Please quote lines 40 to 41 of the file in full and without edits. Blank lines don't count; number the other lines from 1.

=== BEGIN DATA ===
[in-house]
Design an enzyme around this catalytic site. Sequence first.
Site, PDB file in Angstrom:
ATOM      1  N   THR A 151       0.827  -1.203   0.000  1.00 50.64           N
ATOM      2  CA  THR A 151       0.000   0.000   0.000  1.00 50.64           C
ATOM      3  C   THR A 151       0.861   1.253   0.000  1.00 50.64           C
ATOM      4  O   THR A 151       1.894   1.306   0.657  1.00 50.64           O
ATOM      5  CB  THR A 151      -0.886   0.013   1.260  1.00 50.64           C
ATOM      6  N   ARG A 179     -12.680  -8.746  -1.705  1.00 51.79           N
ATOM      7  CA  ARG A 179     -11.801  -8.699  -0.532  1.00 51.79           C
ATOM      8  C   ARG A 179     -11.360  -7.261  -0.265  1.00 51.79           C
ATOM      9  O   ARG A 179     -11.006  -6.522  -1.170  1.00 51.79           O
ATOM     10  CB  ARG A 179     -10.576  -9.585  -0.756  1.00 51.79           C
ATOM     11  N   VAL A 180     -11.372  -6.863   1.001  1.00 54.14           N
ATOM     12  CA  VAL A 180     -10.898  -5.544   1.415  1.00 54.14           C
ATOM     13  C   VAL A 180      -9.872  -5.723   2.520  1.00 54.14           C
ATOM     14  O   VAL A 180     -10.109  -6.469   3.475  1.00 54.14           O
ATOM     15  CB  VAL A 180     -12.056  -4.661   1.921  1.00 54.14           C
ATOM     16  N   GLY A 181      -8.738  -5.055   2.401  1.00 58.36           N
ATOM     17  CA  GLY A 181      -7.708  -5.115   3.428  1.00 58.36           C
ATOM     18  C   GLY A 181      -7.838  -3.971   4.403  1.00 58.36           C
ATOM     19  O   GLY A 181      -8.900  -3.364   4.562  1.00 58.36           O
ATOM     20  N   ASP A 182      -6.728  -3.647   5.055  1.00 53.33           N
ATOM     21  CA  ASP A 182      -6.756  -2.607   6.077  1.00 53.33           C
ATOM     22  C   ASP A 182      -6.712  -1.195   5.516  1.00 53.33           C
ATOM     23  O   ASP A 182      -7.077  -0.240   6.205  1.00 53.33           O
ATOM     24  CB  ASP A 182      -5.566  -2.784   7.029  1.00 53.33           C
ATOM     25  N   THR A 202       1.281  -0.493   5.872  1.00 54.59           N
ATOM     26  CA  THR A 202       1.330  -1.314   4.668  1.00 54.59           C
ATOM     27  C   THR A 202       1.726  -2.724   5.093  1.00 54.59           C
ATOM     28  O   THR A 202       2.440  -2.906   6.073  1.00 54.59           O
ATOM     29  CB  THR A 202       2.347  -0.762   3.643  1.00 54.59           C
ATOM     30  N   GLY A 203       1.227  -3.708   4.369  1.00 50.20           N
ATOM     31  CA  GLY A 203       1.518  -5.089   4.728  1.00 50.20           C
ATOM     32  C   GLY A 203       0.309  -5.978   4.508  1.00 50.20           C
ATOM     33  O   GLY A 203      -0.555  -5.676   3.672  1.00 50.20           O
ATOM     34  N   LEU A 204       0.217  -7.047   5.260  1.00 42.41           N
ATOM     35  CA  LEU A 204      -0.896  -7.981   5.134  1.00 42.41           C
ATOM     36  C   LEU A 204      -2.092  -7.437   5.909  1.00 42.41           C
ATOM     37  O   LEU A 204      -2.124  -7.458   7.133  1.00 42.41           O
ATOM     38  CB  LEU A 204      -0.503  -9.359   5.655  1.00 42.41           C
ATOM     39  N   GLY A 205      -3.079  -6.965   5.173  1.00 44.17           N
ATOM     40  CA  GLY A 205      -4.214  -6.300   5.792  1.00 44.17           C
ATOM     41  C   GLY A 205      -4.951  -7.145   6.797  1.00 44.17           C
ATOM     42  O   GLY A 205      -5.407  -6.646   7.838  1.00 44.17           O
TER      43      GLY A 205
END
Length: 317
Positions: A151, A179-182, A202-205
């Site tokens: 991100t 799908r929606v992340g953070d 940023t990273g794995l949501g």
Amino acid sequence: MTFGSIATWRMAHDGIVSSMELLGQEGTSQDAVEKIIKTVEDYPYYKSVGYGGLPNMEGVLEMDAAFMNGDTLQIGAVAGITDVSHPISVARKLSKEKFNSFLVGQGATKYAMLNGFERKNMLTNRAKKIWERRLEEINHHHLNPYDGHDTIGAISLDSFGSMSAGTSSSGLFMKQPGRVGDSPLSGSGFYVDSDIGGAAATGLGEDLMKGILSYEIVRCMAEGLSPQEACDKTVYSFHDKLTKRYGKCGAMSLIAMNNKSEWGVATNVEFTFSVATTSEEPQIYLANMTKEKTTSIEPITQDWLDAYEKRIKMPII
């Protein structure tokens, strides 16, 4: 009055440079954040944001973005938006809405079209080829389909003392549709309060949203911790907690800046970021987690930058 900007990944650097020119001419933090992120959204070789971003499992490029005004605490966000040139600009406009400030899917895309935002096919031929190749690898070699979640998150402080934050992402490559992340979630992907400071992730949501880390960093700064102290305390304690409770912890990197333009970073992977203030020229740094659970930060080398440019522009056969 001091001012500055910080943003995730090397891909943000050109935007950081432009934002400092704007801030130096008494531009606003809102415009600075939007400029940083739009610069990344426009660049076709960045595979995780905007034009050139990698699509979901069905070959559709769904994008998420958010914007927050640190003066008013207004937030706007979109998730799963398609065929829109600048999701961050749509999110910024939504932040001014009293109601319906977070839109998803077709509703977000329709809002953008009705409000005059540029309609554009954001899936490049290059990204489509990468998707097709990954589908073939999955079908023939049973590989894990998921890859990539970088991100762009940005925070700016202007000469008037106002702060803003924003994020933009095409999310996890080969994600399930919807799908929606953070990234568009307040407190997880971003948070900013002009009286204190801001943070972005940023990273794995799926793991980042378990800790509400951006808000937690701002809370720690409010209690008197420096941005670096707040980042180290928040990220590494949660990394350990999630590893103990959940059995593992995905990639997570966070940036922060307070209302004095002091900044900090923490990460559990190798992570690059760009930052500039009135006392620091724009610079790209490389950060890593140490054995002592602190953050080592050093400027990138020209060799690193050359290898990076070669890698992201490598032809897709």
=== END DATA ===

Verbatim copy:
ATOM     37  O   LEU A 204      -2.124  -7.458   7.133  1.00 42.41           O
ATOM     38  CB  LEU A 204      -0.503  -9.359   5.655  1.00 42.41           C